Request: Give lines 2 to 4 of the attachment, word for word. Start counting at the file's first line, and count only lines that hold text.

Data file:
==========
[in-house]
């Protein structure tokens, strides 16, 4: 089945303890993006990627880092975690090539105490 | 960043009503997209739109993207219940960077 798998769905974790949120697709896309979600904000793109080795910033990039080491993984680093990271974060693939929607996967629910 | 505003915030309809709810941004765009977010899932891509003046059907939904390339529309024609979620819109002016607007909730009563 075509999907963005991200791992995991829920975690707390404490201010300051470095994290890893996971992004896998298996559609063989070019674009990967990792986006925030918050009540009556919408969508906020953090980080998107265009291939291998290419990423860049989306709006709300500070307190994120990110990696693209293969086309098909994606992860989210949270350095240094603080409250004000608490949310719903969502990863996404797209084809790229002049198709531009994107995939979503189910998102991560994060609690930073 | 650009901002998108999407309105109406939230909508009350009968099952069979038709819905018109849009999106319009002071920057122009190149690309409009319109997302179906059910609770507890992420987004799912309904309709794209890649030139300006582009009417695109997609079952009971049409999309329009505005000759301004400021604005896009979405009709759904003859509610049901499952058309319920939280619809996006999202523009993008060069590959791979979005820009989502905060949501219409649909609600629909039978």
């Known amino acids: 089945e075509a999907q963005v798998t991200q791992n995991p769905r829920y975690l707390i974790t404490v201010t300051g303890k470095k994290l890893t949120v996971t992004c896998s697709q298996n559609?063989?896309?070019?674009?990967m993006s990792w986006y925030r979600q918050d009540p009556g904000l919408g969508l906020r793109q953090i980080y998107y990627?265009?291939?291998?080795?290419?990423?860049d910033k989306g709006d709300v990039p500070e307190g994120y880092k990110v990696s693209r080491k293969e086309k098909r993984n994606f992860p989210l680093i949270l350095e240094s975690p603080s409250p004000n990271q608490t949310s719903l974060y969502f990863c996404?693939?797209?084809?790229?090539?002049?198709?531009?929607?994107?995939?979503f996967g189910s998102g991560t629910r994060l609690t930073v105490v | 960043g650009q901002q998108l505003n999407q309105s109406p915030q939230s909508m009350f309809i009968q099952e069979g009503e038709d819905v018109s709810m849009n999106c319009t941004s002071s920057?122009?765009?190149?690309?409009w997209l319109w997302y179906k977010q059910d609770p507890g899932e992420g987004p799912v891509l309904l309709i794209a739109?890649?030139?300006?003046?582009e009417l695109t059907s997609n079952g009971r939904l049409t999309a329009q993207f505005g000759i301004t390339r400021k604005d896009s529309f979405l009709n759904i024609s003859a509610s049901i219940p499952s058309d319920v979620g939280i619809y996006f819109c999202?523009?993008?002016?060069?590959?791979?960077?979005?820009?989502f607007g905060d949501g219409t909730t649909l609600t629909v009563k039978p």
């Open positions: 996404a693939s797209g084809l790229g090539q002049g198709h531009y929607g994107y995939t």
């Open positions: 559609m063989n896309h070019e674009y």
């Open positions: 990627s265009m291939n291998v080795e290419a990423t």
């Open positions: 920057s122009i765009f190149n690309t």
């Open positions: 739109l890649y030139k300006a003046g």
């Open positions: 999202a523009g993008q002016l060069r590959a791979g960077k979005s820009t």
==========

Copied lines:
């Protein structure tokens, strides 16, 4: 089945303890993006990627880092975690090539105490 | 960043009503997209739109993207219940960077 798998769905974790949120697709896309979600904000793109080795910033990039080491993984680093990271974060693939929607996967629910 | 505003915030309809709810941004765009977010899932891509003046059907939904390339529309024609979620819109002016607007909730009563 075509999907963005991200791992995991829920975690707390404490201010300051470095994290890893996971992004896998298996559609063989070019674009990967990792986006925030918050009540009556919408969508906020953090980080998107265009291939291998290419990423860049989306709006709300500070307190994120990110990696693209293969086309098909994606992860989210949270350095240094603080409250004000608490949310719903969502990863996404797209084809790229002049198709531009994107995939979503189910998102991560994060609690930073 | 650009901002998108999407309105109406939230909508009350009968099952069979038709819905018109849009999106319009002071920057122009190149690309409009319109997302179906059910609770507890992420987004799912309904309709794209890649030139300006582009009417695109997609079952009971049409999309329009505005000759301004400021604005896009979405009709759904003859509610049901499952058309319920939280619809996006999202523009993008060069590959791979979005820009989502905060949501219409649909609600629909039978």
């Known amino acids: 089945e075509a999907q963005v798998t991200q791992n995991p769905r829920y975690l707390i974790t404490v201010t300051g303890k470095k994290l890893t949120v996971t992004c896998s697709q298996n559609?063989?896309?070019?674009?990967m993006s990792w986006y925030r979600q918050d009540p009556g904000l919408g969508l906020r793109q953090i980080y998107y990627?265009?291939?291998?080795?290419?990423?860049d910033k989306g709006d709300v990039p500070e307190g994120y880092k990110v990696s693209r080491k293969e086309k098909r993984n994606f992860p989210l680093i949270l350095e240094s975690p603080s409250p004000n990271q608490t949310s719903l974060y969502f990863c996404?693939?797209?084809?790229?090539?002049?198709?531009?929607?994107?995939?979503f996967g189910s998102g991560t629910r994060l609690t930073v105490v | 960043g650009q901002q998108l505003n999407q309105s109406p915030q939230s909508m009350f309809i009968q099952e069979g009503e038709d819905v018109s709810m849009n999106c319009t941004s002071s920057?122009?765009?190149?690309?409009w997209l319109w997302y179906k977010q059910d609770p507890g899932e992420g987004p799912v891509l309904l309709i794209a739109?890649?030139?300006?003046?582009e009417l695109t059907s997609n079952g009971r939904l049409t999309a329009q993207f505005g000759i301004t390339r400021k604005d896009s529309f979405l009709n759904i024609s003859a509610s049901i219940p499952s058309d319920v979620g939280i619809y996006f819109c999202?523009?993008?002016?060069?590959?791979?960077?979005?820009?989502f607007g905060d949501g219409t909730t649909l609600t629909v009563k039978p």
């Open positions: 996404a693939s797209g084809l790229g090539q002049g198709h531009y929607g994107y995939t």